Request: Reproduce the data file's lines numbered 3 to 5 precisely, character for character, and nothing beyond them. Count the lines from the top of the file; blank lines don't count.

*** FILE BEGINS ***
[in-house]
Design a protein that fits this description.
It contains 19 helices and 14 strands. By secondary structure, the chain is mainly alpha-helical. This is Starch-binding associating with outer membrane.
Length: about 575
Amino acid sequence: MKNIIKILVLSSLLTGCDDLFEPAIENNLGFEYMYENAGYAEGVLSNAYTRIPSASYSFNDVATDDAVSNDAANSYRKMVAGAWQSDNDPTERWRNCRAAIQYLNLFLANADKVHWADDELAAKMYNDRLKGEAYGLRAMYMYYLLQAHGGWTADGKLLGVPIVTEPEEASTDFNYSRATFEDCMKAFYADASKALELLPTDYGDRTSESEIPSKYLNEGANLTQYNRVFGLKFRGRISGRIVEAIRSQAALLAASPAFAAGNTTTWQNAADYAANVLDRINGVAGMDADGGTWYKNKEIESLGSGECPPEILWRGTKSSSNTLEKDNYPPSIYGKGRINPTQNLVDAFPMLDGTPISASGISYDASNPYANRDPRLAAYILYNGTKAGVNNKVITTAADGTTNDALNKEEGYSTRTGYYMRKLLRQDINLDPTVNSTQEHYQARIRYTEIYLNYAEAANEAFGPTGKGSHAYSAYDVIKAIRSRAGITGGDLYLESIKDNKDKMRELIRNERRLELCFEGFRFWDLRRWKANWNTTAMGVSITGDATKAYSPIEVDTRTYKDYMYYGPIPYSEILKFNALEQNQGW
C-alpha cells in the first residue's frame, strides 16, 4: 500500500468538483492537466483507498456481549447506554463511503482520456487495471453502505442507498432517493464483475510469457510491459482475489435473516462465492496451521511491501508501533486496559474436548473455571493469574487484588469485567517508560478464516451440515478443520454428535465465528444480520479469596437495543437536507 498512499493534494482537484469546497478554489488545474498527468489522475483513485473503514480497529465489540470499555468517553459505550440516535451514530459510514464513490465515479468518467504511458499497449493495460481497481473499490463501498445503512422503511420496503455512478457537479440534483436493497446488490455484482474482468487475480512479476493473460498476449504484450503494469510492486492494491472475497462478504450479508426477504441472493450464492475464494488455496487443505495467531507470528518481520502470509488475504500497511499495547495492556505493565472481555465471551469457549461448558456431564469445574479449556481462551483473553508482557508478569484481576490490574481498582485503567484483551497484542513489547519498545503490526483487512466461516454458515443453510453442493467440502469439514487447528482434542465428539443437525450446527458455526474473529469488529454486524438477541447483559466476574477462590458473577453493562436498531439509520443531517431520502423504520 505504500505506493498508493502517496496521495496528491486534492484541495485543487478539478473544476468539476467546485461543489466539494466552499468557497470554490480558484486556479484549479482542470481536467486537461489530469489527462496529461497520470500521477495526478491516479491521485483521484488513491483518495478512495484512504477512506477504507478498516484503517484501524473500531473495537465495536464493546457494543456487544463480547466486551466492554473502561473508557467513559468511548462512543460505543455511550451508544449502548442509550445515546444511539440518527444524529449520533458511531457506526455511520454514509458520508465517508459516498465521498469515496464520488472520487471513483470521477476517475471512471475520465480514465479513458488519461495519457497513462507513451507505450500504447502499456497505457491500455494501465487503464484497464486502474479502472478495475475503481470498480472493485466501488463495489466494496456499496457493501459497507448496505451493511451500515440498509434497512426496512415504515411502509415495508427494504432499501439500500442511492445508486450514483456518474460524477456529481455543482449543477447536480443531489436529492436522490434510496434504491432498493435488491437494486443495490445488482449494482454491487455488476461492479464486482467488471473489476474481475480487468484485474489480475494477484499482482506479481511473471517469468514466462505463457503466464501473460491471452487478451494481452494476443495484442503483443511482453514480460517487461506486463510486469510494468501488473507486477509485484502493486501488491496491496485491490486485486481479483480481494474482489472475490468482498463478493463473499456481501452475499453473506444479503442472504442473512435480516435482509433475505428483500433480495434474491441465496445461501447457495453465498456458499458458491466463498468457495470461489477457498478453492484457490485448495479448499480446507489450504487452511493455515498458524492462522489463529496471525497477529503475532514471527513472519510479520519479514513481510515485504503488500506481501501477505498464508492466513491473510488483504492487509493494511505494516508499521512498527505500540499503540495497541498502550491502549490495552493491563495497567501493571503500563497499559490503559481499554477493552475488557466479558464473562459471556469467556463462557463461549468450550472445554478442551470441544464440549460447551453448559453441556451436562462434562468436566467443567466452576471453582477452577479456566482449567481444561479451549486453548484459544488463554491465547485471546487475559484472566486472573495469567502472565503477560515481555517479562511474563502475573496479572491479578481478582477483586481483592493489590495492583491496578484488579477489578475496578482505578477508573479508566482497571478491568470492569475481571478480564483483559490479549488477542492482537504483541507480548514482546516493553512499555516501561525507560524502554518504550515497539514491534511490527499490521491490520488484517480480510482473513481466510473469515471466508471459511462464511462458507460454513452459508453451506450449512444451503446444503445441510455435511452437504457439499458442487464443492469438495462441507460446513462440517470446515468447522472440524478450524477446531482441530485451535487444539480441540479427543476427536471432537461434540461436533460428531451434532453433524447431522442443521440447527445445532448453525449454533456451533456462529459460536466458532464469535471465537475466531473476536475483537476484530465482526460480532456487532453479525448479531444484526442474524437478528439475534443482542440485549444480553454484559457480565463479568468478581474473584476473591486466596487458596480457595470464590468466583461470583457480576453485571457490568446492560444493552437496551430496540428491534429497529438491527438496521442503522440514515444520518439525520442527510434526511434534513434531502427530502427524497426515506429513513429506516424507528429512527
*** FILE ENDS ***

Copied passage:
It contains 19 helices and 14 strands. By secondary structure, the chain is mainly alpha-helical. This is Starch-binding associating with outer membrane.
Length: about 575
Amino acid sequence: MKNIIKILVLSSLLTGCDDLFEPAIENNLGFEYMYENAGYAEGVLSNAYTRIPSASYSFNDVATDDAVSNDAANSYRKMVAGAWQSDNDPTERWRNCRAAIQYLNLFLANADKVHWADDELAAKMYNDRLKGEAYGLRAMYMYYLLQAHGGWTADGKLLGVPIVTEPEEASTDFNYSRATFEDCMKAFYADASKALELLPTDYGDRTSESEIPSKYLNEGANLTQYNRVFGLKFRGRISGRIVEAIRSQAALLAASPAFAAGNTTTWQNAADYAANVLDRINGVAGMDADGGTWYKNKEIESLGSGECPPEILWRGTKSSSNTLEKDNYPPSIYGKGRINPTQNLVDAFPMLDGTPISASGISYDASNPYANRDPRLAAYILYNGTKAGVNNKVITTAADGTTNDALNKEEGYSTRTGYYMRKLLRQDINLDPTVNSTQEHYQARIRYTEIYLNYAEAANEAFGPTGKGSHAYSAYDVIKAIRSRAGITGGDLYLESIKDNKDKMRELIRNERRLELCFEGFRFWDLRRWKANWNTTAMGVSITGDATKAYSPIEVDTRTYKDYMYYGPIPYSEILKFNALEQNQGW